Pennsylvania’s children are faring a bit better than their counterparts nationally in education, according to a new report form the Annie E. Casey Foundation.
The 2017 Kids Count Data Book ranks the commonwealth 18th in the U.S. for overall child well-being.
The report looks at several indicators within four categories: education, the economy, health care and family and community.
In education, 59 percent of the state’s fourth graders scored below proficient in reading between 2010 and 2015. That’s compared to 65 percent nationally.
“Children are learning how to read and mastering reading skills through the third grade, so in the fourth grade, if the assessment is suggesting you’re not performing at standard and if you’re performing poorly against your counterparts in other states, you’re pretty disadvantaged from that moment on,” said Joan Benso, president and CEO of the Pennsylvania Partnerships for Children, the state partner of the national Kids Count Project.
The report also shows that 64 percent eighth graders were not proficient in math.
“Eight grade mathematics is sort of the baseline mathematics skills kids need to do to do higher-order math in high school,” Benso said.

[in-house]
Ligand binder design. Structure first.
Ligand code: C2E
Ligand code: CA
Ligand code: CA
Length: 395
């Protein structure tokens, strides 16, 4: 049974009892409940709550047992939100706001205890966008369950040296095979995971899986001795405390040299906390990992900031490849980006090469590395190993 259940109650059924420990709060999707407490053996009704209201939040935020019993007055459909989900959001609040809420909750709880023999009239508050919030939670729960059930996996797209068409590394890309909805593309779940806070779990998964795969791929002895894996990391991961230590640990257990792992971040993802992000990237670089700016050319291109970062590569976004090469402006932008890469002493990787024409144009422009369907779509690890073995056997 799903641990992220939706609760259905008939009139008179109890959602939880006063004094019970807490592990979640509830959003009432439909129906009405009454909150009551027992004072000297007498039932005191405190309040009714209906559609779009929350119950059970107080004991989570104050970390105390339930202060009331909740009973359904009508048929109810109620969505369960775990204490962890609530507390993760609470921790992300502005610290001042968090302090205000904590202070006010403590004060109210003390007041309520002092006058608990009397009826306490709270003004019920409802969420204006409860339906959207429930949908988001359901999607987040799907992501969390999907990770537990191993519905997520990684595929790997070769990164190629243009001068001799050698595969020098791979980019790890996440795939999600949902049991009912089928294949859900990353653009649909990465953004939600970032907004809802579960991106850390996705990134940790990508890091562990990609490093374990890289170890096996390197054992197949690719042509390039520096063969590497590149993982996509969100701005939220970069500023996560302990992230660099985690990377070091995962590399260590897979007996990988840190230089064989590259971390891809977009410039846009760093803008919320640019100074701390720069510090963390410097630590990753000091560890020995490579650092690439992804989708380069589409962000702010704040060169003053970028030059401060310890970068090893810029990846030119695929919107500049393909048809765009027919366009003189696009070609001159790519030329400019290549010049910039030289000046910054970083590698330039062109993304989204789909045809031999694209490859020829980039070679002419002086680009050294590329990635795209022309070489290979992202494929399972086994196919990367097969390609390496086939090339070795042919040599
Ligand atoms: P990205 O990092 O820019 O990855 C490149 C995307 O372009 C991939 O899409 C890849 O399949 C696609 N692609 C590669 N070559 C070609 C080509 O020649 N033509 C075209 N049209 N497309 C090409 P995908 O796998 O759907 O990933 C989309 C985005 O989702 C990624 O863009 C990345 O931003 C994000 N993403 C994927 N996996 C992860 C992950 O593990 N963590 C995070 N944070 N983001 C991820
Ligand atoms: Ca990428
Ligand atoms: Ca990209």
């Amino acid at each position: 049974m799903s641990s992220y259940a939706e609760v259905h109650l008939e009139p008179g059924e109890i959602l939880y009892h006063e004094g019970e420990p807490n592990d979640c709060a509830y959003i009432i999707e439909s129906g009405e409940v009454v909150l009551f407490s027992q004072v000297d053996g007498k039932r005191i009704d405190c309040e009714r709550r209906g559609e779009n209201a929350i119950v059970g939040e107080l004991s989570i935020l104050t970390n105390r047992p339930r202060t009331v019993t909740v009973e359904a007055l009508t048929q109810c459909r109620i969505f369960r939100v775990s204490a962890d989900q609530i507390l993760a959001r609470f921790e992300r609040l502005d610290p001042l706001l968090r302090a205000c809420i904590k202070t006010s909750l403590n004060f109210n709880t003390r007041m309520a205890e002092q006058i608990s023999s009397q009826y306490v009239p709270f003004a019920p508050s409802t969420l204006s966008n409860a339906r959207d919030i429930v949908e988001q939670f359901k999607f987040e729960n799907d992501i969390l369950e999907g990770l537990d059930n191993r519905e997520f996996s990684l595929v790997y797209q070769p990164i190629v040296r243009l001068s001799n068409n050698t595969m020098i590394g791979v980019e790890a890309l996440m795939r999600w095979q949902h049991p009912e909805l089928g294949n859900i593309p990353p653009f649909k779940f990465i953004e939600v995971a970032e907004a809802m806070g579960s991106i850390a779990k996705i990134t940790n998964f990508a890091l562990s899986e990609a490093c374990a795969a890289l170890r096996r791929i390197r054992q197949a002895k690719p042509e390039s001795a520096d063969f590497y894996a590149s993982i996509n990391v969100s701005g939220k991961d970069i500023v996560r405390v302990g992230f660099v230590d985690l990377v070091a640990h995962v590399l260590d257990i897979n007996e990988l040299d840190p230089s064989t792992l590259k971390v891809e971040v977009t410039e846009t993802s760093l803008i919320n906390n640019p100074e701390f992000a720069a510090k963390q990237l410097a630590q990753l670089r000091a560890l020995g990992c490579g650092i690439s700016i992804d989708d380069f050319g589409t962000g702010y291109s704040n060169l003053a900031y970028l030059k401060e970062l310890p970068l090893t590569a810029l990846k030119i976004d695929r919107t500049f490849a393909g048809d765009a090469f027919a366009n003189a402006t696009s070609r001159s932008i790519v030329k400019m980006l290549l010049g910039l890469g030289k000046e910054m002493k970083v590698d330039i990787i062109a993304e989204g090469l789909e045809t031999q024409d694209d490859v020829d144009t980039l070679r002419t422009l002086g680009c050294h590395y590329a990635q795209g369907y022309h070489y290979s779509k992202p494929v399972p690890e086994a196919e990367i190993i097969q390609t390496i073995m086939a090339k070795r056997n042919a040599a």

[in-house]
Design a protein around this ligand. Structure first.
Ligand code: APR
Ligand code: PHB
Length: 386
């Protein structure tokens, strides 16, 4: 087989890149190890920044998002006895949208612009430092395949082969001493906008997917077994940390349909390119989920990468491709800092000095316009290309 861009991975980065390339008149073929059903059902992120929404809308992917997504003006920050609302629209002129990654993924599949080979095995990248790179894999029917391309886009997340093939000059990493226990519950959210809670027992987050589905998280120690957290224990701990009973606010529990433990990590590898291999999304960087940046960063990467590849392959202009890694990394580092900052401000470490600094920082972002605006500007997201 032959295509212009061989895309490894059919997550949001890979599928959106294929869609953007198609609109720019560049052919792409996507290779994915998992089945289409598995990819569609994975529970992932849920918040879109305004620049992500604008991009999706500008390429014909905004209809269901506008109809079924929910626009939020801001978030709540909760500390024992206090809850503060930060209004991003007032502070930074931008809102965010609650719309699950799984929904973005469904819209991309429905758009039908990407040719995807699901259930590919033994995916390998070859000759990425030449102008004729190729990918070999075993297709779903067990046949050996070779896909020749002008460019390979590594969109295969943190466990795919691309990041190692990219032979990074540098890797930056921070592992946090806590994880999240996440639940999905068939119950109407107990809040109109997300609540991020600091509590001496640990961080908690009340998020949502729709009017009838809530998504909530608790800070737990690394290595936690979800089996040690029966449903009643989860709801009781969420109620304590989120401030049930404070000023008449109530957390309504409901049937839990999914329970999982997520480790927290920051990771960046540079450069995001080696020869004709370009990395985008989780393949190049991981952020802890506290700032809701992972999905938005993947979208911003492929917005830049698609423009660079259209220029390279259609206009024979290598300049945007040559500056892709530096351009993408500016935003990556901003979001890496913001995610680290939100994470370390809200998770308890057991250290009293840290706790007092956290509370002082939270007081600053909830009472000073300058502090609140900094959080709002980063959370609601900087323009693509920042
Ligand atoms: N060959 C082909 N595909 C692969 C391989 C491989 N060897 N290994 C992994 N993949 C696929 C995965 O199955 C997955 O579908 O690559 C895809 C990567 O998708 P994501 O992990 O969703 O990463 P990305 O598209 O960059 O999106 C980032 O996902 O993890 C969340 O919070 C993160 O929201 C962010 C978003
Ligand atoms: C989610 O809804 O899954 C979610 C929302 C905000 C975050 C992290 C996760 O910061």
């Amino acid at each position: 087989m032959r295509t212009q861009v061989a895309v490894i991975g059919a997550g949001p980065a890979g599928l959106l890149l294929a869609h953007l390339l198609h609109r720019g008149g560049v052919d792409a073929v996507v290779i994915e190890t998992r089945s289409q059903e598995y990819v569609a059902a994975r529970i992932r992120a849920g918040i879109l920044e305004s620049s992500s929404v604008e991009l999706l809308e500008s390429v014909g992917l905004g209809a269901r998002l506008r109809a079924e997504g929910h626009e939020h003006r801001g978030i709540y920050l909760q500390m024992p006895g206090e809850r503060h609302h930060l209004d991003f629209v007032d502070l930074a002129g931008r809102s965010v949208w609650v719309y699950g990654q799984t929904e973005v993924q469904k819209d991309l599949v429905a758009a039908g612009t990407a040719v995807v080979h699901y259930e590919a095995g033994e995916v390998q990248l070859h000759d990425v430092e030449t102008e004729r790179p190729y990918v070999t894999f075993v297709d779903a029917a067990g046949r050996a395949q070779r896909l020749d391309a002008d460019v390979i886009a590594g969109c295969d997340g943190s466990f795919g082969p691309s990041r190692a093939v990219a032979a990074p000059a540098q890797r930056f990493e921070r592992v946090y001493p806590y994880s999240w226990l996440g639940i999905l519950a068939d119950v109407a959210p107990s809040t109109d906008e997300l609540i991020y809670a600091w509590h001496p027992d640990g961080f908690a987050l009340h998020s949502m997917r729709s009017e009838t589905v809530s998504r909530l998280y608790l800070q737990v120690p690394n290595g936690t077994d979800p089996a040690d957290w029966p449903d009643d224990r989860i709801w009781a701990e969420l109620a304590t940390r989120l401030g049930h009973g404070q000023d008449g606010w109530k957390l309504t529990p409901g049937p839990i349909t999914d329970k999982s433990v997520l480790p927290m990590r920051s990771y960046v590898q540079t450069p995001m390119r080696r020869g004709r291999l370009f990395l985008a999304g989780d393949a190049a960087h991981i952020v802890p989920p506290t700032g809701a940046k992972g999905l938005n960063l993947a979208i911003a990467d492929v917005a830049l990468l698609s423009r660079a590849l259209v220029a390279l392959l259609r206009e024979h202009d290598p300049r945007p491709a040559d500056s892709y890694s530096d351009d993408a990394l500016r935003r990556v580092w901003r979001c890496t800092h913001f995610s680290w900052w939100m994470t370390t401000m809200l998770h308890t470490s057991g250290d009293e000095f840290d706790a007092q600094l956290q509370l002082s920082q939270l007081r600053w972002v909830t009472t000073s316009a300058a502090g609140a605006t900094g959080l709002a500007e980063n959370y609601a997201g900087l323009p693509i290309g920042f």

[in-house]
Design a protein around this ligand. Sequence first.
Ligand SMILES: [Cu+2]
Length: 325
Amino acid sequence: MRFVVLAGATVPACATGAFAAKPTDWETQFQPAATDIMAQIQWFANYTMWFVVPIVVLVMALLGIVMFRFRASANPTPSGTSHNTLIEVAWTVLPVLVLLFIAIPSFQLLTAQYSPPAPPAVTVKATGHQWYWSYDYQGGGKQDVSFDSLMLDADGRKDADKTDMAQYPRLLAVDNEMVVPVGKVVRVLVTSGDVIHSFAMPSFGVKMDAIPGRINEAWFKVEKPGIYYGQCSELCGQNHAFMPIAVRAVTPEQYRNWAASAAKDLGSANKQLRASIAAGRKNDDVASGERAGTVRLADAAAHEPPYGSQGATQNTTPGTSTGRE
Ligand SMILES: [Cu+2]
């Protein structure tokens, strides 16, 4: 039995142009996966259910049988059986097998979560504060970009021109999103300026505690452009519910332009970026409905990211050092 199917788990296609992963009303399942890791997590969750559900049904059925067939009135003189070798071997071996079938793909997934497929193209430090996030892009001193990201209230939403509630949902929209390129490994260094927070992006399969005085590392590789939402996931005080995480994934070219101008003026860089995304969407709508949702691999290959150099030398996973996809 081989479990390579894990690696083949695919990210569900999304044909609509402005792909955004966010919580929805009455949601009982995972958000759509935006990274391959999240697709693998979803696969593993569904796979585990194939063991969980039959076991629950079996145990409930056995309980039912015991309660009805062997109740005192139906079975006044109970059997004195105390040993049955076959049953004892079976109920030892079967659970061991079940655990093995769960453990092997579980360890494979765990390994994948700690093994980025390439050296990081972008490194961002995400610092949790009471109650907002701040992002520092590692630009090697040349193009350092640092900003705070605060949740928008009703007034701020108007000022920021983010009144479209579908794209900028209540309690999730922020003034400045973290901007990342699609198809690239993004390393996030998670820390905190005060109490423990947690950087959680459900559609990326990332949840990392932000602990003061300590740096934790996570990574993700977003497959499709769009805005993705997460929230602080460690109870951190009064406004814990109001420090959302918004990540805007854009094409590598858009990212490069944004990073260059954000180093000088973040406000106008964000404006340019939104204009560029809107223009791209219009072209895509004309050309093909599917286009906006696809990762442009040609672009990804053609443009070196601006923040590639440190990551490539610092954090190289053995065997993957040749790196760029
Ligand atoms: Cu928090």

Preschool, the major budgetary sticking point for Pennsylvania legislators this month, precedes all that reading and math.
Data show the rate of Pennsylvania children not enrolled in a pre-kindergarten program rose from 50 percent to 54 percent. Benso said that can be attributed to a lack of state and federal funding for programs, which leads to a lack of access.
The report also shows 96 percent of Pennsylvania children currently have health insurance. She said that could change if federal lawmakers do away with the Affordable Care Act.
“Step number one is to preserve what we’ve already built,” said Benso. “Our CHIP program, our Medicaid program, and the protections provided to children in the Affordable Care Act remain very, very important to ensure that our children remain healthy, they get the health care services they need and they develop typically with the supports they need to get to adulthood.”
Benso said her organization and others will also continue to lobby state and federal lawmakers for more funding for public education.